[15:15:10]

And, you know, that clip is an example again of something that understandably elicits both fear, which you just mentioned and then fears byproduct, which is anger.

What I'm interested in is, not necessarily whether we deserve to feel that or not, yes, we do. But what are we going to do with it, the longer that we stay mired in our own self righteous misery over this very unjust and unfair situation, the longer we are not moving toward constructive right action, such as keeping lines of communication open with the persuadable folks who, who actually still are the majority of the unvaccinated.

BLACKWELL: Yeah, you also suggest if you want to help, you can donate to one of these organizations. That's in Alabama or Mississippi or Georgia to try to go out and get people vaccinated. Sarah Smarsh, it is a fantastic piece. I thank you for taking some time to discuss it with me.

SMARSH: Thank you, Victor.

BLACKWELL: So Code Red for humanity, this new report gives a stark warning on climate change. The Administrator of FEMA joins me next to explain how the Biden administration plans to protect the community's most in need.

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BLACKWELL: U.N. report is a code red flashing for humanity right now. The world's top climate scientists to present a disturbing picture about what we all could face as the earth keeps warming up, the landmark report by the U.N. Climate panel. And it warns that climate change largely caused by greenhouse, gas emissions is accelerating and time is running out to prevent catastrophic consequences. We're already seeing the effects of that, heat waves, drought floods, wildfires fueled by tinderbox conditions in California, yes, but Greece and Turkey, and Siberia.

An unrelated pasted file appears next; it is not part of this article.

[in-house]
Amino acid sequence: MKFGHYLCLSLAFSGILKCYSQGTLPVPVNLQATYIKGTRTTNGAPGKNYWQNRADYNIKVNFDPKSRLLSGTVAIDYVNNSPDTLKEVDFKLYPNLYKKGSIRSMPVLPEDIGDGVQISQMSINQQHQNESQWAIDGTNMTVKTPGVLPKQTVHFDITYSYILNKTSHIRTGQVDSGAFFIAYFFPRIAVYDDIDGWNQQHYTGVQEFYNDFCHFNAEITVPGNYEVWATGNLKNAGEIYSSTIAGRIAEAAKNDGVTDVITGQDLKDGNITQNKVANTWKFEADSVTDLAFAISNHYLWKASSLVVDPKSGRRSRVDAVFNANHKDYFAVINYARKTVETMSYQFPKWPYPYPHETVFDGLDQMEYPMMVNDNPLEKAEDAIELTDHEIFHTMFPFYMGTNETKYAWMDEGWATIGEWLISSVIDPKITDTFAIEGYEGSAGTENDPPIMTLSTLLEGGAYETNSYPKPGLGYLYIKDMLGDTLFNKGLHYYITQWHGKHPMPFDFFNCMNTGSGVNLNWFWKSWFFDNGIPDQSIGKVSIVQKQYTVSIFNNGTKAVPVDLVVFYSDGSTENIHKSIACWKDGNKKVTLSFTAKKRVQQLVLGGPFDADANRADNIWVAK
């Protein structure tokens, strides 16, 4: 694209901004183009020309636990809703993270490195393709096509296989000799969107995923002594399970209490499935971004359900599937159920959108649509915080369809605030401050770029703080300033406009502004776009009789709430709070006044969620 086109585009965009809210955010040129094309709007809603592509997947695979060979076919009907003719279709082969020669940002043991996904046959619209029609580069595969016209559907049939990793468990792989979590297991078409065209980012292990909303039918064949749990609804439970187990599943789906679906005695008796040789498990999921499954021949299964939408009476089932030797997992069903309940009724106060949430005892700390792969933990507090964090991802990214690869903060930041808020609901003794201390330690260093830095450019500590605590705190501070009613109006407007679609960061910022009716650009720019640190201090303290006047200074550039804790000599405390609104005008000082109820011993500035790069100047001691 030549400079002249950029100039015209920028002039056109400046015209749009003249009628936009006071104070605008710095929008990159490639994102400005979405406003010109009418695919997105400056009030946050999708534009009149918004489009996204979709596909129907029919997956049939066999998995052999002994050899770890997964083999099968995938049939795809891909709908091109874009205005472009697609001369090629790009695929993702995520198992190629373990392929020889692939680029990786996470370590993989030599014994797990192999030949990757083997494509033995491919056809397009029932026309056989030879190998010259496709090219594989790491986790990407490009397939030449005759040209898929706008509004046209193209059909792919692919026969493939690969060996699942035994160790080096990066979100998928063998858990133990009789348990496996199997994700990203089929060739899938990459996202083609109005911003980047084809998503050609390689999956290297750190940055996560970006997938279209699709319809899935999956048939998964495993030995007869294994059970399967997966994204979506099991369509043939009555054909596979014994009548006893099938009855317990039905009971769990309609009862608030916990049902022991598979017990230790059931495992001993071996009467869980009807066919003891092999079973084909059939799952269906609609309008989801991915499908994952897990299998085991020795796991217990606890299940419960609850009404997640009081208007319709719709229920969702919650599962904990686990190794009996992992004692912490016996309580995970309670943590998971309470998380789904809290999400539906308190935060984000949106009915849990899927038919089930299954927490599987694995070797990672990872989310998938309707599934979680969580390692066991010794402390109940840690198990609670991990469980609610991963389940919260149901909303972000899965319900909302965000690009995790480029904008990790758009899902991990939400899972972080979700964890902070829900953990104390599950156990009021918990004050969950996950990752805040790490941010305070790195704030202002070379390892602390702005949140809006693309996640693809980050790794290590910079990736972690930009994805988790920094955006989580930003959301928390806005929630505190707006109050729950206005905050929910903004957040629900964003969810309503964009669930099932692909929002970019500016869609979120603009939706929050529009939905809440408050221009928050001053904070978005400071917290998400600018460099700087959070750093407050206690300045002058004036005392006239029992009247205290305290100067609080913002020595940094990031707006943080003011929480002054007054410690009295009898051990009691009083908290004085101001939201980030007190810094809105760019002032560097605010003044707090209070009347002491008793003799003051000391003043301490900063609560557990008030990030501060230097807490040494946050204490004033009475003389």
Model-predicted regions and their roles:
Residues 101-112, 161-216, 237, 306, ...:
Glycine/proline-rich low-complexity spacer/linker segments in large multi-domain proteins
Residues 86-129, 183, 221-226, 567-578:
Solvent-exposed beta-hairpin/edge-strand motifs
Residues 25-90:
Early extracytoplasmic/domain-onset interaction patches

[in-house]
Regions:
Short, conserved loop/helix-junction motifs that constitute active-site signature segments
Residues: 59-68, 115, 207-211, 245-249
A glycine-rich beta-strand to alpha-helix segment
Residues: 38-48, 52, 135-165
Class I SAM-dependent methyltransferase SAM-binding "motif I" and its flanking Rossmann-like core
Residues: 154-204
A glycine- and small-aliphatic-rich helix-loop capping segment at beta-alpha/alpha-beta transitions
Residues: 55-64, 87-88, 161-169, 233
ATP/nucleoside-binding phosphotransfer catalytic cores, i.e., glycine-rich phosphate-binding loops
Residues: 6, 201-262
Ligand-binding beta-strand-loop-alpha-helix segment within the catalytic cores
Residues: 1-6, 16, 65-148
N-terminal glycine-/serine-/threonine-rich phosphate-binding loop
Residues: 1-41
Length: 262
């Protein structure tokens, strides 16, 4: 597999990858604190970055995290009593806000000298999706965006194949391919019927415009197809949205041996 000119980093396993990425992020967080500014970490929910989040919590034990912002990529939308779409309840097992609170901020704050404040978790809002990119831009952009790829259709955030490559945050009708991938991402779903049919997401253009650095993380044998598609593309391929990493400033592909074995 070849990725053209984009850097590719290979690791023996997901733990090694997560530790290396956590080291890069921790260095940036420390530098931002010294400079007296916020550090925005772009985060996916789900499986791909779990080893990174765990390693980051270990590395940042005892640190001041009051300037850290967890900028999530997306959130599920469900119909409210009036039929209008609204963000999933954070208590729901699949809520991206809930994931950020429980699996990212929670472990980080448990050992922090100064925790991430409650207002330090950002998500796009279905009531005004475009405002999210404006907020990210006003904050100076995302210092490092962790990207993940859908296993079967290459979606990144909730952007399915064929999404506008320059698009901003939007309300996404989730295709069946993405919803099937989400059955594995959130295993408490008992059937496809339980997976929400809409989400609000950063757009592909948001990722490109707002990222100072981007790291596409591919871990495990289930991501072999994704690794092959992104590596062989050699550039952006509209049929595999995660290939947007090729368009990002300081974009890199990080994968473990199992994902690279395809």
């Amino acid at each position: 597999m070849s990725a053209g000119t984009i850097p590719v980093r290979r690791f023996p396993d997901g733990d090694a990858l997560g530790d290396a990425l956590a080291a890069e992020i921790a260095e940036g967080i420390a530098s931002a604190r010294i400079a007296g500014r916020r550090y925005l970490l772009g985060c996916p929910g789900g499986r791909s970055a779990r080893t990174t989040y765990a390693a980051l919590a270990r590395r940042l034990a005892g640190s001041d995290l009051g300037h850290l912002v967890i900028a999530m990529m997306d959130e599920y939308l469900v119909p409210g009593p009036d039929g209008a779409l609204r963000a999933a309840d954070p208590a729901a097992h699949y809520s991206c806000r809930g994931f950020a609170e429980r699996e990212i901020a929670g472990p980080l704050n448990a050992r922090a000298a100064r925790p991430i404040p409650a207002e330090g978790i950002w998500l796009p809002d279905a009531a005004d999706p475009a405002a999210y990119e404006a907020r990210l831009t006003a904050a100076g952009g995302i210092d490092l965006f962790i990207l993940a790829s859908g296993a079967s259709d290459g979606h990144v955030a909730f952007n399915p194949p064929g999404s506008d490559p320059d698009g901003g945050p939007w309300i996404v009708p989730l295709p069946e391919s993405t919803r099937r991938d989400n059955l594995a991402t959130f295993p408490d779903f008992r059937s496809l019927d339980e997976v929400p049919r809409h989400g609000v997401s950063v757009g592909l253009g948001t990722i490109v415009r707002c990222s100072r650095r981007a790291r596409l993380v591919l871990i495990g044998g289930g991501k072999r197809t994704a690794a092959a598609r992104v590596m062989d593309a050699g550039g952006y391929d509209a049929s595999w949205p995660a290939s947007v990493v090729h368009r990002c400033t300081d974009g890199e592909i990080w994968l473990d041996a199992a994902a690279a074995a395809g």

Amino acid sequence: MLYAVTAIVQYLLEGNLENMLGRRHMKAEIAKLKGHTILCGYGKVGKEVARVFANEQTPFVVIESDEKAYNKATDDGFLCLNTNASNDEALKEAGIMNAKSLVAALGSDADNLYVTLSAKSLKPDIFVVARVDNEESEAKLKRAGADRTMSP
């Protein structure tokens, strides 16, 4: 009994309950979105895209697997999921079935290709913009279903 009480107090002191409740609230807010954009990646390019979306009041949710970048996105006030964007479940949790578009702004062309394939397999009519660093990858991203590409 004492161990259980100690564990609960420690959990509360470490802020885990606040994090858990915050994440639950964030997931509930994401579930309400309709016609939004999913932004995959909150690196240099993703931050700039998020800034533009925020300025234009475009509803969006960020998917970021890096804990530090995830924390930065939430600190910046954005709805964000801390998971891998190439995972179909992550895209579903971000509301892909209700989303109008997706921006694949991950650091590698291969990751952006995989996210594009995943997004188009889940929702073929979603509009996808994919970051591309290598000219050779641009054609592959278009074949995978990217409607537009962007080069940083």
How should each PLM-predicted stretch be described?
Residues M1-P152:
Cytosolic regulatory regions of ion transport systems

Let's talk about this with FEMA Administrator Deanne, Criswell. Administrator Criswell, thank you for being with me. I want to start first, this report is not that we are approaching the point of no return. We are there. The impact could last for centuries, your reaction to that? And what is this administration? What can corporations here in the U.S. do to at least slow that trend?

DEANNE CRISWELL, FEMA ADMINISTRATOR: Victor, thanks so much for having me on today. Climate change is the crisis that we are facing right now. It is the crisis of our generation. And what this report does is really highlight as you stated, we are already seeing the impacts, more severe weather, more frequent storms.

And the disturbing part of this report is that it's not going to get any better. And so what we need to do is think about what are these future risks that we're going to be facing as a result of the change in climate, and were FEMA's role comes in, is helping to reduce the impacts. That's why we're really excited that President Biden authorized close to $5 billion to help state and local communities develop projects to fight this climate change, and develop those projects to reduce their impacts.

BLACKWELL: So and let's talk more about that, because it's not just the individual house what one family can do with these grants, these are going to states and municipalities. You want them to think big, you want them to think on a community level, what are you hoping they do with this money?

CRISWELL: Exactly, we have to start shifting the way we think from an incremental approach to hazard mitigation into a system-based community-wide approach. We'll still need individual projects. Don't get me wrong, it's really important that we keep that piece in place.

But we have to start having a focus on investing our money that's going to have exponential impacts on a community. And it has to also look to the future. We develop so many of our projects based on historical risk. And while that is still important, we have to take action now to start thinking about that future risk, as this report indicated it's going to continue to get worse. And so what is that going to look like for communities in 2040? And how do we put measures in place now to reduce the impacts that we'll see then.